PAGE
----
[PEAK] Untangling the running.IExecutable mess

Phillip J. Eby pje at telecommunity.com
Tue Nov 16 15:03:50 EST 2004

After considerable study, I think I've found the broken bits of the current 
command-line app framework.

First, running.ICmdLineAppFactory shouldn't subclass 
binding.IComponentFactory, despite the fact that it is a compatible 
extension of the interface.  The problem is that any callable object can be 
an ICmdLineAppFactory, but that doesn't make it a component factory!

Second, there needs to be a way for interpreters to handle errors better in 
their constructors, in connection with their parent command.  Specifically, 
right now interpreters try to immediately parse their arguments and return 
a target object in place of themselves.  However, if there's an error, they 
simply return themselves, hoping they'll be re-run, and they can output the 
real error.  This doesn't really work.  They should instead immediately 
output the command's help message, and raise an error.

The tricky part is handling that error.  What should the error be?  It 
seems to me that it should be a SystemExit, since this will cause a nice 
clean exit, whenver you attempt to use a broken command.  The downside may 
be that SystemExit gets trapped somewhere, and the output may be written 
somewhere strange, but I don't know if there are really any alternatives, 

Finally, ICmdLineAppFactory should be redefined such that it is not 
guaranteed to return an ICmdLineApp; and its users should be required to 
adapt to ICmdLineApp if that is what they want.  In essence, an 
ICmdLineAppFactory is characterized more by the arguments it may receive, 
than the precise nature of what it creates.

I am also sorely tempted to remove the adaptation from arbitrary callables 
to ICmdLineAppFactory.  It's only used to enable functions to be run as 
applications, and could be replaced with e.g. a 'peak call'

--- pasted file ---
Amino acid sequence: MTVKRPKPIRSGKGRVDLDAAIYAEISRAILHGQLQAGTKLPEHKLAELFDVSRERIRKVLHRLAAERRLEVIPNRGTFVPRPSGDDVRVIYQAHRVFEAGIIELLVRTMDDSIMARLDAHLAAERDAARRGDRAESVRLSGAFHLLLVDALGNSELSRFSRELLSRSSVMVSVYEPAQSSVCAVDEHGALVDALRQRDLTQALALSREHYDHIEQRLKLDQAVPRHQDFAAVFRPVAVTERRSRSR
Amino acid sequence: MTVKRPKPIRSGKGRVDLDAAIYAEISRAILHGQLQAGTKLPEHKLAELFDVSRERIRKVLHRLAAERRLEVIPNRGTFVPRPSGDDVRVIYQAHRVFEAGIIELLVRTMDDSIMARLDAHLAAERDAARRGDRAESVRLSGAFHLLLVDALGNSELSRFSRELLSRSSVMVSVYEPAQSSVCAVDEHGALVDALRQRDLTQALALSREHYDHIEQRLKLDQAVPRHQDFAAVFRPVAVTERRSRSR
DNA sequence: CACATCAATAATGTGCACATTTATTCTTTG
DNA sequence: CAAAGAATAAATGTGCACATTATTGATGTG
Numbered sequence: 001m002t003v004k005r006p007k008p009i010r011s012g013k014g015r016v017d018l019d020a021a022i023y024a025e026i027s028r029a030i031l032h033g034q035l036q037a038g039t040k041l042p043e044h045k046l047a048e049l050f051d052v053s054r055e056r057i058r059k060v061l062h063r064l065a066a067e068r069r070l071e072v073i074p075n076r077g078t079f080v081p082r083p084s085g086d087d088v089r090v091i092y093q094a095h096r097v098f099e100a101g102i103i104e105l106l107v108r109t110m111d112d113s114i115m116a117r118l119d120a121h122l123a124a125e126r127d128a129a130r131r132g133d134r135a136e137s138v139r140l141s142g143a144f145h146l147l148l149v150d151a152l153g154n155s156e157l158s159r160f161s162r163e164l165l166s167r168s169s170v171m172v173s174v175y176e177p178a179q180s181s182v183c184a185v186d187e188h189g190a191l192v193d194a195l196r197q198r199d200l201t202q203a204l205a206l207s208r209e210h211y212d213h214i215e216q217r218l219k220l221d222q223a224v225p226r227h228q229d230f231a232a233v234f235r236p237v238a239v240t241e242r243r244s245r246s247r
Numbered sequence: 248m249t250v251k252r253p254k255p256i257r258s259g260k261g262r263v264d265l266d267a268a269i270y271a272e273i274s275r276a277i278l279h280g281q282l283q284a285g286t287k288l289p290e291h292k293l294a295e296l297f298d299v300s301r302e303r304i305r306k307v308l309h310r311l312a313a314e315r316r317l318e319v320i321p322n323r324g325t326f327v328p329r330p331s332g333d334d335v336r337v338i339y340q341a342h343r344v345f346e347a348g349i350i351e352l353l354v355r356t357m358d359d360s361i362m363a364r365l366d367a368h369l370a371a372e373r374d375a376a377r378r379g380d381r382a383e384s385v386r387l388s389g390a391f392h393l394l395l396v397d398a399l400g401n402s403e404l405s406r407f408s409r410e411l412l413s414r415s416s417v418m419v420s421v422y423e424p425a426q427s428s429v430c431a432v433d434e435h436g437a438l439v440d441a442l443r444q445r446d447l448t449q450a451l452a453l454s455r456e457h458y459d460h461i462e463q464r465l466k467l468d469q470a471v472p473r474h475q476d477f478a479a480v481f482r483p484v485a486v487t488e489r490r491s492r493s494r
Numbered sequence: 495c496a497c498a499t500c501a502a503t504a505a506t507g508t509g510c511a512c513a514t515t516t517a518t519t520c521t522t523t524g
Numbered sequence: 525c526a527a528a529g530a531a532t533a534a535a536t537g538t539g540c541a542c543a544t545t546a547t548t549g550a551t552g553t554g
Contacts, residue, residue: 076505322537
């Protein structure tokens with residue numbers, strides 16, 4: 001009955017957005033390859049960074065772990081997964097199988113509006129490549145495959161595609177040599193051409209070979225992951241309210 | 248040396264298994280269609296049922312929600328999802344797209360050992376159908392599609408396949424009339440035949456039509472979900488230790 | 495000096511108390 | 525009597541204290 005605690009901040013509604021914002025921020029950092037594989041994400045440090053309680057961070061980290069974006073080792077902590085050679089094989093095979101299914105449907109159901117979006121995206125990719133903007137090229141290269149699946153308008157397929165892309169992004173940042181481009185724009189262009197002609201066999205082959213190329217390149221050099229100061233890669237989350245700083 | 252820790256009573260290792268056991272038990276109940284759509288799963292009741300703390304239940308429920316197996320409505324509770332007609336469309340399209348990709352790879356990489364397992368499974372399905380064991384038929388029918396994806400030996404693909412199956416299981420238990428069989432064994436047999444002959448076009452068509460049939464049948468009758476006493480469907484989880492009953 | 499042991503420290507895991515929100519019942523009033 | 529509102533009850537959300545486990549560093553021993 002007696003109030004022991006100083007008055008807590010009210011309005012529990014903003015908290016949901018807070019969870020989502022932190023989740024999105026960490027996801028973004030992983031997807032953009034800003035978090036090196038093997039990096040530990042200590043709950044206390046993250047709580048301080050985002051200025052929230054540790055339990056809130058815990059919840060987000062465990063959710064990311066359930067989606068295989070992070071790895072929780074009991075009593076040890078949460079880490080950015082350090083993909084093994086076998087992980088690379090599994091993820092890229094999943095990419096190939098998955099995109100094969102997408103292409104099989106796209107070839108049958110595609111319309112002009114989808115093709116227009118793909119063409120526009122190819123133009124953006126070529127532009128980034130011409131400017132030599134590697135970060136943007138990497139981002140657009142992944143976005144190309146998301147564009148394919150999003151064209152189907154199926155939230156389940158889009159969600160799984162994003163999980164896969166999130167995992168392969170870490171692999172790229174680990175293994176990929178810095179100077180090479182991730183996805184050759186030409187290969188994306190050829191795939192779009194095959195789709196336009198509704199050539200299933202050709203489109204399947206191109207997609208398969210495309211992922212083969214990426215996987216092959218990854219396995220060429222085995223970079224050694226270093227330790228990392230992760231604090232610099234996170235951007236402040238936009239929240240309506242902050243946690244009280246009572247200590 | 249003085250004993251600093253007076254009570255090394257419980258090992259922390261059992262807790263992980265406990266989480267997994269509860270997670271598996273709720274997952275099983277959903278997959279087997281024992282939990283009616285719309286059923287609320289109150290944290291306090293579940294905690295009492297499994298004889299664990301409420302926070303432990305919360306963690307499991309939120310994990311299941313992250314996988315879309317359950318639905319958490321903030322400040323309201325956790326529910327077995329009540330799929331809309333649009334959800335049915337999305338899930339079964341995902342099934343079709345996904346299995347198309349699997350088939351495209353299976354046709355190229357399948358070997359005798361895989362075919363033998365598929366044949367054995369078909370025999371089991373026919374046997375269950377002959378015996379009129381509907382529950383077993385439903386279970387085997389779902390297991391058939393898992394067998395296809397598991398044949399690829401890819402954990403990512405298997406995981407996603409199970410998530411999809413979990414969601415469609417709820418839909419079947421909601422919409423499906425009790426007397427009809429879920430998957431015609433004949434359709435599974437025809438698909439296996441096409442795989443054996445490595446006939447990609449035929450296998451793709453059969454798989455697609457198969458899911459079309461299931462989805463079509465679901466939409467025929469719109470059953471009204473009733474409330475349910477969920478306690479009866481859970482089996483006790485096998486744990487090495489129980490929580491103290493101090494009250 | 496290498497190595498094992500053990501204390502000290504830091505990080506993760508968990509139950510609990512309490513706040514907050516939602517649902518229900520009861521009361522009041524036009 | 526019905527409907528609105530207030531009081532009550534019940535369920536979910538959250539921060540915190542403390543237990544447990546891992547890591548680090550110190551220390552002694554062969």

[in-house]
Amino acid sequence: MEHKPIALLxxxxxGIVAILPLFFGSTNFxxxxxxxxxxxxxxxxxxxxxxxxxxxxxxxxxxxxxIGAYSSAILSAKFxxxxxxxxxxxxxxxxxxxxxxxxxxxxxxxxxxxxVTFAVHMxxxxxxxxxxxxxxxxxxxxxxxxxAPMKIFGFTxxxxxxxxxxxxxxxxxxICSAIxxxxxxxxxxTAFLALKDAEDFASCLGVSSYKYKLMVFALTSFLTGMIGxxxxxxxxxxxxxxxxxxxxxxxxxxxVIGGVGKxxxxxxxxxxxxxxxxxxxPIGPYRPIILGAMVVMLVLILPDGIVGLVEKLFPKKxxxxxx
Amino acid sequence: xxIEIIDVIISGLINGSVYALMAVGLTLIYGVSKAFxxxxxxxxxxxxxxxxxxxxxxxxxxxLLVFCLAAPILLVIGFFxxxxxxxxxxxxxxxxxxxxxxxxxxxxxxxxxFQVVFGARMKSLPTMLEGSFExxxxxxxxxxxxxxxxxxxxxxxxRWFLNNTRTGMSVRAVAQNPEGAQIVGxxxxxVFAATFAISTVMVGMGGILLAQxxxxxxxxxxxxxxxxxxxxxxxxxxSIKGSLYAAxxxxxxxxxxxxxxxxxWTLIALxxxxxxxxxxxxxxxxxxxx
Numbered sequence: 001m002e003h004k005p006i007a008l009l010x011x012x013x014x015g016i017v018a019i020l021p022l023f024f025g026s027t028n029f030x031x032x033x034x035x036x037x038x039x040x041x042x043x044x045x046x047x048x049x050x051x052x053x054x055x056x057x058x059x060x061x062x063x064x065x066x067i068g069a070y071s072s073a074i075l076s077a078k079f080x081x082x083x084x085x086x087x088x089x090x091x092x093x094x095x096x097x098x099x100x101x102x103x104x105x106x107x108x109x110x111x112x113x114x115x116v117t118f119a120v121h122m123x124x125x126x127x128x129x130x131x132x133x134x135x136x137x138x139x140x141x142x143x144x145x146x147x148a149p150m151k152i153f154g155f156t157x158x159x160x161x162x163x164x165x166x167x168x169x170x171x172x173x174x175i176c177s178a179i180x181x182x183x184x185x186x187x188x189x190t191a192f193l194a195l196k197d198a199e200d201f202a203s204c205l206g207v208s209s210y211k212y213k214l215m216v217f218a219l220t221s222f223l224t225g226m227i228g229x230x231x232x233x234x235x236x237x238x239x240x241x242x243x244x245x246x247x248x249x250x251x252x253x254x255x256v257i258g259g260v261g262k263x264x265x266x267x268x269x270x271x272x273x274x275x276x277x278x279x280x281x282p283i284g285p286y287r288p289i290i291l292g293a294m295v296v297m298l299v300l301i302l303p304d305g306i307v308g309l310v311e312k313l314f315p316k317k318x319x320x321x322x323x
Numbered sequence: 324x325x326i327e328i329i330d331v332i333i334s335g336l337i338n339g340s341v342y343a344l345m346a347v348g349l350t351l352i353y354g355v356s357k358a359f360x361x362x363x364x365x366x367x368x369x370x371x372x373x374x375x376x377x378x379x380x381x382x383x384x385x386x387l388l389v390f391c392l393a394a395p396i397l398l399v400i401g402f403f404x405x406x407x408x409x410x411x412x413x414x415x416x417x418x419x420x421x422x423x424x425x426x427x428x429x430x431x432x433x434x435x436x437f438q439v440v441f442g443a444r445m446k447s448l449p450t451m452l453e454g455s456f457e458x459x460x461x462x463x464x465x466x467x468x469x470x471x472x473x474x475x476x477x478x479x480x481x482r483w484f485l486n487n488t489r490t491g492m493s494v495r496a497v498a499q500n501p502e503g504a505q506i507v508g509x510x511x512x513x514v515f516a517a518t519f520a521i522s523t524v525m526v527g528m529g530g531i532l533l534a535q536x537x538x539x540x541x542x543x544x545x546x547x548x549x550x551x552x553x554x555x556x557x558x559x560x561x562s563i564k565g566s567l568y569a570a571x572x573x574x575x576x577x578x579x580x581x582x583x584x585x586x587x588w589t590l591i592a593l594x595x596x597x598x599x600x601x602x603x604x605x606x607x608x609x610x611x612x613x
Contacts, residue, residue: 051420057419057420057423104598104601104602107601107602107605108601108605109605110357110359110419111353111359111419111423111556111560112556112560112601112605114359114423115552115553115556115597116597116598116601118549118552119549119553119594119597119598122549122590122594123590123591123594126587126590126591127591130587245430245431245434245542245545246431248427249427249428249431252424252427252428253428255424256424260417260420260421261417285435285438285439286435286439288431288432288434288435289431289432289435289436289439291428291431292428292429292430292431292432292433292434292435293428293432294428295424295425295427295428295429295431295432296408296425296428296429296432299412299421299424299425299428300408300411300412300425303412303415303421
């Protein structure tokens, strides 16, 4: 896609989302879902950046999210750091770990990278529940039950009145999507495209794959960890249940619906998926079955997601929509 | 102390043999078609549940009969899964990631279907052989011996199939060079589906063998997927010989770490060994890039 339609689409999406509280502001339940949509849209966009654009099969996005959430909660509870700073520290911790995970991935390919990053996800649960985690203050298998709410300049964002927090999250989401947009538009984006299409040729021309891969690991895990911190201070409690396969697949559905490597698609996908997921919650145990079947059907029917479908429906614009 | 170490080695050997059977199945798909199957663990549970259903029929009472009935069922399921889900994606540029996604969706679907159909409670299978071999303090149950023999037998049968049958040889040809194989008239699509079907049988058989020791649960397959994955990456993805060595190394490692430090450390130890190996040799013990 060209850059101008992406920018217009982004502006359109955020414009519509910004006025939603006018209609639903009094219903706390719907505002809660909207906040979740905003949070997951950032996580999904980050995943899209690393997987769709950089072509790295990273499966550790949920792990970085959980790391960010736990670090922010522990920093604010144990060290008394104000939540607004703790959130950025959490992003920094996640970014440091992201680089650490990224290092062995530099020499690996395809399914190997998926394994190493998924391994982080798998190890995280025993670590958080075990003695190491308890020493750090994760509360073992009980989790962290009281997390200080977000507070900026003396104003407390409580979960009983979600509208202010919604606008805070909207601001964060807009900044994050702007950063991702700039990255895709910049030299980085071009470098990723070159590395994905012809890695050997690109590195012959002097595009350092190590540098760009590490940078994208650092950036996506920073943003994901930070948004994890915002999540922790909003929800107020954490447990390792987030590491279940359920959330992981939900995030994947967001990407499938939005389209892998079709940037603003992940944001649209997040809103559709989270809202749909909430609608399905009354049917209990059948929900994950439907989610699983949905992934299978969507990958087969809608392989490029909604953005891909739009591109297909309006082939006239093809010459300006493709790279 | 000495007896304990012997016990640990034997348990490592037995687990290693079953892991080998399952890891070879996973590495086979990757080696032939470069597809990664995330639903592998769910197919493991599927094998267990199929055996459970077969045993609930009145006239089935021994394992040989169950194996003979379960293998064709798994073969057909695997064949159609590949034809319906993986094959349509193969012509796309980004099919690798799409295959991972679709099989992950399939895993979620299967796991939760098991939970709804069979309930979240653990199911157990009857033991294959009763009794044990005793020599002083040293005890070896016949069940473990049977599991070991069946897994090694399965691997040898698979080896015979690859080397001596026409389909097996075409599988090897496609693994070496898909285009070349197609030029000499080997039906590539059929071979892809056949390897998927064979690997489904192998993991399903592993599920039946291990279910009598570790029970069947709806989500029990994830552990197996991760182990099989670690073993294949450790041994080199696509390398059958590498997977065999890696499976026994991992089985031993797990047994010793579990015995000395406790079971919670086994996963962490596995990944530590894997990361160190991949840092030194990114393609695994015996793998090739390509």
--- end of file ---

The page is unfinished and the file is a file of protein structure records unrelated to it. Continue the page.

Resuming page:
interpreter.  The only real downside to this is that the nice IntroToPeak 
"hello world" function would no longer work.

On the other hand, we could narrow that behavior to only work with 
functions.  That would eliminate the current "silent failure" mode, where 
specifying a class that has no __init__-time behavior, produces no 
result.  This would still support backward-compatibility with typical 
'main()' functions.  I think I'll take this approach unless somebody is 
using the current behavior that supports classes, class methods, callable 
instances, and instance methods as well.

There is actually another issue, wherein a Bootstrap interpreter always 
expects an ICmdLineAppFactory, meaning that Bootstrap should not be used 
when such an item is not expected.  However, there is no standard for 
initializing other kinds of objects as the target of a command/import 
operation.  For example, if the current CGIInterpreter command finds its 
target is an IComponentFactory, it will invoke it to create a new instance.

It seems silly, though, to create a series of alternative interfaces like 
ICGIFactory, ICmdLineAppFactory, and so forth, just to say, "hey, if you 
find certain kinds of objects, give them an opportunity to instantiate 

So, what are some alternatives?

* We could create a new kind of 'cmdFactory()' protocol, akin to 
'sequenceOf()', taking the protocol we expect the instantiated object to 
provide.  Then, each context like Bootstrap, CGIInterpreter, and so on, 
would adapt to e.g. 'cmdFactory(ICmdLineApp)', 
'cmdFactory(IRerunnableCGI)', etc.

* We could move the creation to the import URL.  E.g., we could allow '()' 
at the end of an import URL, meaning, "call and create an instance", so 
that 'import:foo.Bar()' returns a new instance of the 'foo.Bar' class.

* We could have a reference type like 'ref:instance at import:foo.Bar'.  This 
would have the additional advantage of being applicable to any URL type, 
not just imports, and implementation would consist only of adding one 
class, and an entry to peak.ini.